“Where too first?” he said aloud. “Find some place to spend this money or maybe make some more.” He jangled the gold coins in his pocket and wandered down the hill to the array of booths set up in the streets. He wandered around, looking from side to side, not looking like a runaway lesser member of the royal family, actually enjoying himself. Anything beat working but that helped him pay for his room a few blocks away.
Nothing at a Festival is cheap, especially if it’s cheap, watered-down wine. Three pieces of gold later, Prince Almazotz leaned an elbow on the booth and sipped the stone cup of wine as he looked around. His eyes rested on a sign towering over the booth across from him: FREE MONEY. He gulped the wine and with his lighter pockets rushed to the next street.
Under the sign was a buff young man in a loincloth, standing on a large platform. The sign read in full: MONEY For Those Who Challenge The Strongest Man Alive! He eyed the man up and down, lingering for a moment on his biceps and shoulders, and then he glanced back at the sign and the word in capital letters.
“Here! Over here!” Prince Almazotz said waving a hand. “I challenge! I challenge!”
“Wait your turn,” a man to one side of the platform said.
The man strode to the platform as the shirtless man flexed his biceps for the small crowd. The challenger pulled off his shirt, revealing an equally huge set of biceps. The crowd gasped their approval.
The first man sneered openly at the challenger. He then leaned down, picked up what looked like part of the trunk of a large tree and hoisted it over his head. He plopped it down as the crowd applauded. Then the challenger reached down, grabbed the tree trunk with both hands, pulled and…nothing. He grunted with surprise and frustration. Prince Almazotz’ eye was caught by a movement of shadow behind the curtain that backed the platform. He stepped away from the crowd and caught a glimpse of the full scene reflected in the metal side of the next booth, not too visible unless someone was looking at it right. And the Prince was. It showed a blue robed man making gestures through the curtain at the stage—a Sorcerer! Prince Almazotz had studied about magic, just enough to recognize some basic types, even though he couldn’t do any of them. This was not an advanced mystic, but advanced enough. He felt for the white-blue metal amulet under his shirt and pulled it out: Moons-Metal was a supposed counter to this form of enchantment. As the challenger left the stage, Prince Almazotz bounded up, handed the muscly guy a coin and gave the assumed name he was using that week. He stood as the man hoisted the tree trunk over his head again, fingering the amulet with one hand. Then it was the Prince’s turn: He grabbed the trunk on the platform, pulled at it and when it didn’t budge, the Prince let the amulet fall on its chain down to touch the trunk. He wasn’t anyone who was going to throw boulders around, but he figured the trunk was hollow anyway. There was a sizzle and a snap. The trunk suddenly flew over his head, his hands stuck to the sides. He hung there for a moment, then there was another crackle, the amulet popped off the log and flew across the platform, snapping the change and Prince Almazotz and the log crashed to the floor, thankfully not on top of one another. He managed to jump up and pull open the curtain.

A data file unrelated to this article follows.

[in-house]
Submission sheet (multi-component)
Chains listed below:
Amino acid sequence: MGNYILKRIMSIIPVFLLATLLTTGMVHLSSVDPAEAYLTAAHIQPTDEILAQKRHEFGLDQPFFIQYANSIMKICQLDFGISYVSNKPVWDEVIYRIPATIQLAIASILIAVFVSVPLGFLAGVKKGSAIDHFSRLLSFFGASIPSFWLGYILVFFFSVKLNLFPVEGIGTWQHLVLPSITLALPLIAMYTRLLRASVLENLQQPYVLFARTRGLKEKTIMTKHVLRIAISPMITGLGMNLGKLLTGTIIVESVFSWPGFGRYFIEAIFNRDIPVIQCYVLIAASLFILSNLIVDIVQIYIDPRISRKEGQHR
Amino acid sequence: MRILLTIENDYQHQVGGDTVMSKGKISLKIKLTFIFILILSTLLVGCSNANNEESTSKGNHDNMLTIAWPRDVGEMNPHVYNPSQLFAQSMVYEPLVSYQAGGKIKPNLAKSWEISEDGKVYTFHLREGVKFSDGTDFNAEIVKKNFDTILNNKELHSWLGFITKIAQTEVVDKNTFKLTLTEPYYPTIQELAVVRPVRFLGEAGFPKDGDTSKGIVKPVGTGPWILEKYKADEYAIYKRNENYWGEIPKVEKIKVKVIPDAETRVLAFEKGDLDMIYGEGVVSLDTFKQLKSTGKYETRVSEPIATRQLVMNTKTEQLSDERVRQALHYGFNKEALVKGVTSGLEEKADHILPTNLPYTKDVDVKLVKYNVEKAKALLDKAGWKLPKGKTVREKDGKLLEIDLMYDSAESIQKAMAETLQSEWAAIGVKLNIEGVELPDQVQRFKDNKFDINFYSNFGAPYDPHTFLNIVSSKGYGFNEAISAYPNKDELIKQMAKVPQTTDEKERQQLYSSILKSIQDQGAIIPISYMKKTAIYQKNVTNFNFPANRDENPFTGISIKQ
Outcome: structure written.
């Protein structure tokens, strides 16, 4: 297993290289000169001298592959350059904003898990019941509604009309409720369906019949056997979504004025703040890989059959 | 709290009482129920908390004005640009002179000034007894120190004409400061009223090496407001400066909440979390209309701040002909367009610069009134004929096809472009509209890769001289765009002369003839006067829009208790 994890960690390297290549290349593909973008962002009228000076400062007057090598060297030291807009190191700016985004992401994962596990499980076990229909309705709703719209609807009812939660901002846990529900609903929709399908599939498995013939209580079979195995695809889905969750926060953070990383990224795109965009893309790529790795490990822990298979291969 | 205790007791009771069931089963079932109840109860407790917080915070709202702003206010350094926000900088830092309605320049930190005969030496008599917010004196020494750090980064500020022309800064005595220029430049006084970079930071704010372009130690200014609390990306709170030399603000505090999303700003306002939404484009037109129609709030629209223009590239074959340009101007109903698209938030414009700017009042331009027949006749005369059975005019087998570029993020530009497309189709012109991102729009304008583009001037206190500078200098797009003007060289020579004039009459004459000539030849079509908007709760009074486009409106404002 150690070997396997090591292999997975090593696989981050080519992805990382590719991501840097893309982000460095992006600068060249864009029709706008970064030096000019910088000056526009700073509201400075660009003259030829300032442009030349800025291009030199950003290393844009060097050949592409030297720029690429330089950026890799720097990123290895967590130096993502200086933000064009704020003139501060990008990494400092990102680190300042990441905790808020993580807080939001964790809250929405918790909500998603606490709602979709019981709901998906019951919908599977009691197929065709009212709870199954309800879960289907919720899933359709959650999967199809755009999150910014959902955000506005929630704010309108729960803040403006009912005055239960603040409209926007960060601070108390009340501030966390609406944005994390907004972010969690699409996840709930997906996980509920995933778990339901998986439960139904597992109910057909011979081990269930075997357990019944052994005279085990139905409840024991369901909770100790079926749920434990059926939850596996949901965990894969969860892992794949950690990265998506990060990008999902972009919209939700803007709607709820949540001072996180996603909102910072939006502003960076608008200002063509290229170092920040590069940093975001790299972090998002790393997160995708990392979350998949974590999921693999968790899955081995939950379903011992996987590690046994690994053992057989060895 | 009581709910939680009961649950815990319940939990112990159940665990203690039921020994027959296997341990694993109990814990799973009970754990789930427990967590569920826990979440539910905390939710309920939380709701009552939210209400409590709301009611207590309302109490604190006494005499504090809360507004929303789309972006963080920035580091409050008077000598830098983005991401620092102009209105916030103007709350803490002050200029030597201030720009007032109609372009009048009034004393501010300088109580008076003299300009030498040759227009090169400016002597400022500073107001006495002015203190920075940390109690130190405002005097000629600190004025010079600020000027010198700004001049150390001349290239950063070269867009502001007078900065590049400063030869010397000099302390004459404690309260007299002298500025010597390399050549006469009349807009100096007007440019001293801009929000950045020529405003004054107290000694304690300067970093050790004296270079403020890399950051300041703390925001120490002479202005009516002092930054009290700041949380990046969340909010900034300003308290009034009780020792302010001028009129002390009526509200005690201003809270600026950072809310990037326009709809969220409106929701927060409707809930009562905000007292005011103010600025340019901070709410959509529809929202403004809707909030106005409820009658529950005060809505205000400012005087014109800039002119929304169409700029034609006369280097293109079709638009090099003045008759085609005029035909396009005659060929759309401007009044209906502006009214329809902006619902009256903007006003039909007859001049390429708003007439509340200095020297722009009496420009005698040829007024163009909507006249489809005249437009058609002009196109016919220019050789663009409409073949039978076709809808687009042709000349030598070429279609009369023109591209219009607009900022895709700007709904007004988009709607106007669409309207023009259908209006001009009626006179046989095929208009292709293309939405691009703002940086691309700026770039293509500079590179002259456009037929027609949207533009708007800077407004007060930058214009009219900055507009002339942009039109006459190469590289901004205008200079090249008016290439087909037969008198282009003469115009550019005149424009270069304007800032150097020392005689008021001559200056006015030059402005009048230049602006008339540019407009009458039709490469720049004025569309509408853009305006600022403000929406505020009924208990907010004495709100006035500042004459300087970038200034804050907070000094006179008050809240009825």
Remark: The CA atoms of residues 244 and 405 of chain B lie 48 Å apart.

“See! It’s rigged!” Almazotz yelled. “Sorcery!” He awaited the cheers of the audience.
When the Sorcerer, the muscle guy and the audience had tired of chasing him around the festival grounds, Prince Almazotz bought another cup of wine and watched the moons soar into the sky.